Autumn Reflections, High Sierra

I have also been wanting to get this shot of the Palisades visible up the canyon on the way to Lake Sabrina. The colors were lovely at sunrise although I still need to get it with some snow on the peaks. I understand that is snowed there yesterday so the shot with snow might still be possible.

Sierra Crest Autumn

We also had a wonderful visit to the Patriarch Grove of ancient Bristlecone Pines, the Earth's oldest living trees. The high elevation of this area, at over 11,000 feet, makes the sky and colors of the trees very brilliant just before and after sunset. Being in the presence of these amazing ancient tree beings is a very humbling experience.

Autumn Sun, Bristlecone Pine

Bristlecone Sunset

Swirl of Time

Ancient Sentinel

Jerry Dodrill and I will be leading an Autumn Colors workshop in Napa Valley in a few months - there is still time to sign up if you are interested:

Monday, June 4, 2012

LowePro Flipside is a Great Backpack for  the Nikon D800

One of the benefits of shooting with the Nikon D800 E is the reduced size of the body and lenses when compared to medium format. This allows me to carry the system in a smaller backpack. I have found that the Lowe Pro Flipside 500 AW offers a great balance of size and portability. I really like that the backpack unzips on the side of the pack facing the back pad, instead of the outside like most packs. This improves security in urban environments and allows you to access the pack while still wearing it around your waist. The 500 is larger than the other flip side versions, so I can fit all my Nikon lenses in there with my filter systems and flash. It fits well in the overhead bins of even small airplanes, and does not scream "I am a camera backpack". I find it is best to travel unobtrusively as a photographer. The Padded waist belt and water bottle / tripod pockets on the outside make it great for hiking. All around it is a great choice for an everyday  dslr camera pack. Here is more info on the Lowe site.

Monday, May 14, 2012

New Images from Arches and Canyonlands with Nikon D800 E

Utah is one of my favorite places to photograph. The landscape seems so primordial and mysterious to me. I had the good fortune to be able to photograph Arches and Canyonlands National Park with the new 36 mp Nikon D800E. I chose the E version of this new camera because it produces a higher resolution image than the version with the extra filter (the D800). I am amazed by the dynamic range of this camera. I was able to pull out incredible detail in the shadows and highlights of images. This was especially important with the full moon images since the moon is so bright - I was able to bracket shots and had enough detail in the bright moon with the underexposures to bring back all the details in the moon craters. Since this camera is more difficult to stop down to f22 for depth of field, I took multiple exposures of images and different focus points so I would be able to stack them in Helicon Focus to create images with better depth of field. Medium Format cameras such as the Hasselblad can tolerate stopping down to f22 for depth of field, but the smaller sensors on these Nikon cameras produce distortion when they are stopped down more than f11 or so. This distortion degrades print quality. I love the Nikon 14-24 mm zoom and took my shot of Spring Sunrise, Arches with that lens and combined images in Helicon Focus. The other images were taken either with the 24-70mm zoom or the 70-200 zoom.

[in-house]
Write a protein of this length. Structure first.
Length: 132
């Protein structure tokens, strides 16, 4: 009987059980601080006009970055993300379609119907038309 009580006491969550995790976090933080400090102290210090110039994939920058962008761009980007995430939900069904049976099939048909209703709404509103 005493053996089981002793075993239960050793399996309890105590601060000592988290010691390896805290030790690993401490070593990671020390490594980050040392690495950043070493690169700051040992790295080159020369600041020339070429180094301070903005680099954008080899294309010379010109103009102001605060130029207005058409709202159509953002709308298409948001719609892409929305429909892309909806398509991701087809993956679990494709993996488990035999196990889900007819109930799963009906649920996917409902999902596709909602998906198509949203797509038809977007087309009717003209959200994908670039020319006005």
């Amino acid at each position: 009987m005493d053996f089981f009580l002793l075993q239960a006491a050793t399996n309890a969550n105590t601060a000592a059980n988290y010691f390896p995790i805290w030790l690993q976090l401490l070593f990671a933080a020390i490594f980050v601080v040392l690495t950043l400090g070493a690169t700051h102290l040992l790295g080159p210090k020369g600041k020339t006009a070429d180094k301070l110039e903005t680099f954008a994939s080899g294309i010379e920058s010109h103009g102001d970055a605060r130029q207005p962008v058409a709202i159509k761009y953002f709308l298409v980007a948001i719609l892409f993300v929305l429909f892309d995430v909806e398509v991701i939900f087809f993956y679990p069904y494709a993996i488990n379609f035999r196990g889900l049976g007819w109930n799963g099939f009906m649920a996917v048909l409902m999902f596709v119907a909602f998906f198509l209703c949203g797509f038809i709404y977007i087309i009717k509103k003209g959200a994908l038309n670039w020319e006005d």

I am having difficulty getting the blogger software to properly display my images, so I am including a link to the new releases section of my website where the images are located (they are the first seven images):

Wednesday, April 25, 2012

New Images from the Yucatan

We recently did a trip to the Yucatan peninsula of Mexico for spring break. Since this was mostly an R&R trip I did not do a lot of photography, however I had my new Nikon D800 with me so I got a few new shots that I was pleased with.  Nikon's newest 36 megapixel DSLR provides amazing resolution for large prints, and also has all the great features Nikon is known for such as the ability to shoot at high iso and the huge selection of really wide angle lenses all the way to extreme telephoto. One of our favorite locations to explore were the many cenotes and caves around the area. Plenty of opportunities for photography and I will be sure to return in the future to do more "underground" photography in the caves.  I also did some underwater photography with my Panasonic GH2 in its housing, which is the system I shot the sea turtle with. Hope you enjoy some of these new images!

Subterranean Garden, Yucatan
Bajo Tierra

Study in Pink

Tortuga Marina

Wednesday, January 4, 2012

Unique Winter Landscapes in the Sierra

We have had precious little snow in the Sierra this winter. While this is a big bummer for skiing and photographs of snowy landscapes; the unusual weather conditions do allow for some different winter landscapes than I normally shoot this time of the year. Many of the creeks in the area are frozen, which creates opportunities for some photographs using ice as part of the composition. Martis Valley is full of wonderful brown and red toned vegetation which contrasts nicely with the ice in the Martis Creek. Even though we have no snow it is still  worth getting out and enjoying the unique scenery of the frozen high Sierra region - no skis required! I hear Tioga Pass is even open.